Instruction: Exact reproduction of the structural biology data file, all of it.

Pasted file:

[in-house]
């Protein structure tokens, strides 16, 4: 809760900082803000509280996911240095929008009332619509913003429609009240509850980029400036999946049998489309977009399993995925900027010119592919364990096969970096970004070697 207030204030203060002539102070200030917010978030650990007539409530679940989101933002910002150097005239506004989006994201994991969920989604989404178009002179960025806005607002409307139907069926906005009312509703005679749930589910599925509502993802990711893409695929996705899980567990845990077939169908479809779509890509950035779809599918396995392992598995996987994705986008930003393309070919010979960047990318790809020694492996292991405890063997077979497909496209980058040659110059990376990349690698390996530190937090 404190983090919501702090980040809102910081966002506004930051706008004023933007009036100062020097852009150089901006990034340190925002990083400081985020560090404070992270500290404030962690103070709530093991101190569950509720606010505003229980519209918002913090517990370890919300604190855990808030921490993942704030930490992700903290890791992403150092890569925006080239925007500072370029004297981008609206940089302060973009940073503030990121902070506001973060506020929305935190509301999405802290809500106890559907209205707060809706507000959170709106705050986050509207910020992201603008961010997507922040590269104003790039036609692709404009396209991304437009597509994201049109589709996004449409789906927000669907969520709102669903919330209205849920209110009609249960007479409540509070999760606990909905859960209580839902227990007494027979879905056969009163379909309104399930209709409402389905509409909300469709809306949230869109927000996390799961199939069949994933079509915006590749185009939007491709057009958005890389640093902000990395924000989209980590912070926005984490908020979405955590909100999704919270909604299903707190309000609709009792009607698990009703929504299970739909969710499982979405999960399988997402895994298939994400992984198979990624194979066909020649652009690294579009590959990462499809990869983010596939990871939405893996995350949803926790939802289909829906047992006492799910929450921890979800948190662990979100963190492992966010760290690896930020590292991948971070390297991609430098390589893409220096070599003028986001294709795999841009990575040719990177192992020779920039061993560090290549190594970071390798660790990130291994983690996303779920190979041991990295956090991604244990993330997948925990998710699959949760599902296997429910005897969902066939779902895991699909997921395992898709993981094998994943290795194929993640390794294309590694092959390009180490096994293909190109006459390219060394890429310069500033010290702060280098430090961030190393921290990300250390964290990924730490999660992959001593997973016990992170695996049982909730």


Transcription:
[in-house]
């Protein structure tokens, strides 16, 4: 809760900082803000509280996911240095929008009332619509913003429609009240509850980029400036999946049998489309977009399993995925900027010119592919364990096969970096970004070697 207030204030203060002539102070200030917010978030650990007539409530679940989101933002910002150097005239506004989006994201994991969920989604989404178009002179960025806005607002409307139907069926906005009312509703005679749930589910599925509502993802990711893409695929996705899980567990845990077939169908479809779509890509950035779809599918396995392992598995996987994705986008930003393309070919010979960047990318790809020694492996292991405890063997077979497909496209980058040659110059990376990349690698390996530190937090 404190983090919501702090980040809102910081966002506004930051706008004023933007009036100062020097852009150089901006990034340190925002990083400081985020560090404070992270500290404030962690103070709530093991101190569950509720606010505003229980519209918002913090517990370890919300604190855990808030921490993942704030930490992700903290890791992403150092890569925006080239925007500072370029004297981008609206940089302060973009940073503030990121902070506001973060506020929305935190509301999405802290809500106890559907209205707060809706507000959170709106705050986050509207910020992201603008961010997507922040590269104003790039036609692709404009396209991304437009597509994201049109589709996004449409789906927000669907969520709102669903919330209205849920209110009609249960007479409540509070999760606990909905859960209580839902227990007494027979879905056969009163379909309104399930209709409402389905509409909300469709809306949230869109927000996390799961199939069949994933079509915006590749185009939007491709057009958005890389640093902000990395924000989209980590912070926005984490908020979405955590909100999704919270909604299903707190309000609709009792009607698990009703929504299970739909969710499982979405999960399988997402895994298939994400992984198979990624194979066909020649652009690294579009590959990462499809990869983010596939990871939405893996995350949803926790939802289909829906047992006492799910929450921890979800948190662990979100963190492992966010760290690896930020590292991948971070390297991609430098390589893409220096070599003028986001294709795999841009990575040719990177192992020779920039061993560090290549190594970071390798660790990130291994983690996303779920190979041991990295956090991604244990993330997948925990998710699959949760599902296997429910005897969902066939779902895991699909997921395992898709993981094998994943290795194929993640390794294309590694092959390009180490096994293909190109006459390219060394890429310069500033010290702060280098430090961030190393921290990300250390964290990924730490999660992959001593997973016990992170695996049982909730």